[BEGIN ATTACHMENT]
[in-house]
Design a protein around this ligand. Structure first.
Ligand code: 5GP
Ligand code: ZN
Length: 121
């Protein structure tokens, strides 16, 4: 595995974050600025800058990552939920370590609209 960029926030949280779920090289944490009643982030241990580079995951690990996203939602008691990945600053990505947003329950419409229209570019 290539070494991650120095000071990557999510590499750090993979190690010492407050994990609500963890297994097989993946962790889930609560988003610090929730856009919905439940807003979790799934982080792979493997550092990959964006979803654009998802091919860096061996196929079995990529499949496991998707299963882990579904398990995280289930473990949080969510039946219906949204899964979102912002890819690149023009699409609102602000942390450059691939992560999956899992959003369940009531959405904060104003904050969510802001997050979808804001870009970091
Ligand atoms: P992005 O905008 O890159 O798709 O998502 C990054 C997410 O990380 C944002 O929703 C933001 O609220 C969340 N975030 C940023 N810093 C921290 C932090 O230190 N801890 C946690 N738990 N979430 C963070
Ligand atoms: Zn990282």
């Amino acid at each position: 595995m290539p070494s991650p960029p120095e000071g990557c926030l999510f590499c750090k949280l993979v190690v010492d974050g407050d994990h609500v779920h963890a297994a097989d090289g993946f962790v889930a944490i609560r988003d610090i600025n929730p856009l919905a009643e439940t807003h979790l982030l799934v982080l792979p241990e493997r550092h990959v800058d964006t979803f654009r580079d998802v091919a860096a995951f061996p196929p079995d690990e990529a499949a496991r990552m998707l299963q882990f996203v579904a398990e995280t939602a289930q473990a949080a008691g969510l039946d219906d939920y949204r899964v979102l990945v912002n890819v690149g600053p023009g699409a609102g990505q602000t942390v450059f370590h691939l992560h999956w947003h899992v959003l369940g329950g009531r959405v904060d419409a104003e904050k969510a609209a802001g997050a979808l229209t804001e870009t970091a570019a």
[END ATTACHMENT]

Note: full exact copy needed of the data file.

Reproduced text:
[in-house]
Design a protein around this ligand. Structure first.
Ligand code: 5GP
Ligand code: ZN
Length: 121
């Protein structure tokens, strides 16, 4: 595995974050600025800058990552939920370590609209 960029926030949280779920090289944490009643982030241990580079995951690990996203939602008691990945600053990505947003329950419409229209570019 290539070494991650120095000071990557999510590499750090993979190690010492407050994990609500963890297994097989993946962790889930609560988003610090929730856009919905439940807003979790799934982080792979493997550092990959964006979803654009998802091919860096061996196929079995990529499949496991998707299963882990579904398990995280289930473990949080969510039946219906949204899964979102912002890819690149023009699409609102602000942390450059691939992560999956899992959003369940009531959405904060104003904050969510802001997050979808804001870009970091
Ligand atoms: P992005 O905008 O890159 O798709 O998502 C990054 C997410 O990380 C944002 O929703 C933001 O609220 C969340 N975030 C940023 N810093 C921290 C932090 O230190 N801890 C946690 N738990 N979430 C963070
Ligand atoms: Zn990282």
């Amino acid at each position: 595995m290539p070494s991650p960029p120095e000071g990557c926030l999510f590499c750090k949280l993979v190690v010492d974050g407050d994990h609500v779920h963890a297994a097989d090289g993946f962790v889930a944490i609560r988003d610090i600025n929730p856009l919905a009643e439940t807003h979790l982030l799934v982080l792979p241990e493997r550092h990959v800058d964006t979803f654009r580079d998802v091919a860096a995951f061996p196929p079995d690990e990529a499949a496991r990552m998707l299963q882990f996203v579904a398990e995280t939602a289930q473990a949080a008691g969510l039946d219906d939920y949204r899964v979102l990945v912002n890819v690149g600053p023009g699409a609102g990505q602000t942390v450059f370590h691939l992560h999956w947003h899992v959003l369940g329950g009531r959405v904060d419409a104003e904050k969510a609209a802001g997050a979808l229209t804001e870009t970091a570019a």